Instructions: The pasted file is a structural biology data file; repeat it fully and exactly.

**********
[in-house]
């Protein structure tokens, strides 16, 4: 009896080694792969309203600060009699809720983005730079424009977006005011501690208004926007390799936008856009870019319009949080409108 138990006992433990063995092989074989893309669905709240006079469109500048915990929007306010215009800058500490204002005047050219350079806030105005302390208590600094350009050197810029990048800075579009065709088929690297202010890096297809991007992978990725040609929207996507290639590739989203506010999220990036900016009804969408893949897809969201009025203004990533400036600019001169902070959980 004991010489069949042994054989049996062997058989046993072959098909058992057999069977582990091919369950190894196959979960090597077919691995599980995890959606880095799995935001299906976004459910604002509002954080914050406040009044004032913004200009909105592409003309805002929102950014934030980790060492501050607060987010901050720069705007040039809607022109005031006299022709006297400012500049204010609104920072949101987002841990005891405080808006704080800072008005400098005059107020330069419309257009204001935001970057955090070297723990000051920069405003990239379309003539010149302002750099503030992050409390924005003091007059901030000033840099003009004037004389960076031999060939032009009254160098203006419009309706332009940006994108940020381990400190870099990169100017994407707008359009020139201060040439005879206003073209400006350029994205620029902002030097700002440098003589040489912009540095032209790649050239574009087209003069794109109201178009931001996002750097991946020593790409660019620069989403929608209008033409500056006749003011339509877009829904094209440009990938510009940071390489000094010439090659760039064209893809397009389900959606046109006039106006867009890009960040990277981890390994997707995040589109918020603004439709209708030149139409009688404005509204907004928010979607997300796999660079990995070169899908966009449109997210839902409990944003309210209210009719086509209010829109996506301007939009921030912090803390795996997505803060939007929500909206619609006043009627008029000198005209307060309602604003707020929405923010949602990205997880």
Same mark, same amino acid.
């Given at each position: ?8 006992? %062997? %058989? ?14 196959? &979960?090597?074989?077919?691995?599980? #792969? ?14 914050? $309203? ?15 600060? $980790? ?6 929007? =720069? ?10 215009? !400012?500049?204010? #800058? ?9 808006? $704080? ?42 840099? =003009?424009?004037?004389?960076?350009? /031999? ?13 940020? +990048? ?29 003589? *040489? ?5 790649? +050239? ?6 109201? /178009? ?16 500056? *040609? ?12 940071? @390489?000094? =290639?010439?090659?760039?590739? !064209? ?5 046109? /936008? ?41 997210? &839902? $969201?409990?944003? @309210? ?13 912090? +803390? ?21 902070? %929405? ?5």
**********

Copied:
[in-house]
């Protein structure tokens, strides 16, 4: 009896080694792969309203600060009699809720983005730079424009977006005011501690208004926007390799936008856009870019319009949080409108 138990006992433990063995092989074989893309669905709240006079469109500048915990929007306010215009800058500490204002005047050219350079806030105005302390208590600094350009050197810029990048800075579009065709088929690297202010890096297809991007992978990725040609929207996507290639590739989203506010999220990036900016009804969408893949897809969201009025203004990533400036600019001169902070959980 004991010489069949042994054989049996062997058989046993072959098909058992057999069977582990091919369950190894196959979960090597077919691995599980995890959606880095799995935001299906976004459910604002509002954080914050406040009044004032913004200009909105592409003309805002929102950014934030980790060492501050607060987010901050720069705007040039809607022109005031006299022709006297400012500049204010609104920072949101987002841990005891405080808006704080800072008005400098005059107020330069419309257009204001935001970057955090070297723990000051920069405003990239379309003539010149302002750099503030992050409390924005003091007059901030000033840099003009004037004389960076031999060939032009009254160098203006419009309706332009940006994108940020381990400190870099990169100017994407707008359009020139201060040439005879206003073209400006350029994205620029902002030097700002440098003589040489912009540095032209790649050239574009087209003069794109109201178009931001996002750097991946020593790409660019620069989403929608209008033409500056006749003011339509877009829904094209440009990938510009940071390489000094010439090659760039064209893809397009389900959606046109006039106006867009890009960040990277981890390994997707995040589109918020603004439709209708030149139409009688404005509204907004928010979607997300796999660079990995070169899908966009449109997210839902409990944003309210209210009719086509209010829109996506301007939009921030912090803390795996997505803060939007929500909206619609006043009627008029000198005209307060309602604003707020929405923010949602990205997880």
Same mark, same amino acid.
């Given at each position: ?8 006992? %062997? %058989? ?14 196959? &979960?090597?074989?077919?691995?599980? #792969? ?14 914050? $309203? ?15 600060? $980790? ?6 929007? =720069? ?10 215009? !400012?500049?204010? #800058? ?9 808006? $704080? ?42 840099? =003009?424009?004037?004389?960076?350009? /031999? ?13 940020? +990048? ?29 003589? *040489? ?5 790649? +050239? ?6 109201? /178009? ?16 500056? *040609? ?12 940071? @390489?000094? =290639?010439?090659?760039?590739? !064209? ?5 046109? /936008? ?41 997210? &839902? $969201?409990?944003? @309210? ?13 912090? +803390? ?21 902070? %929405? ?5």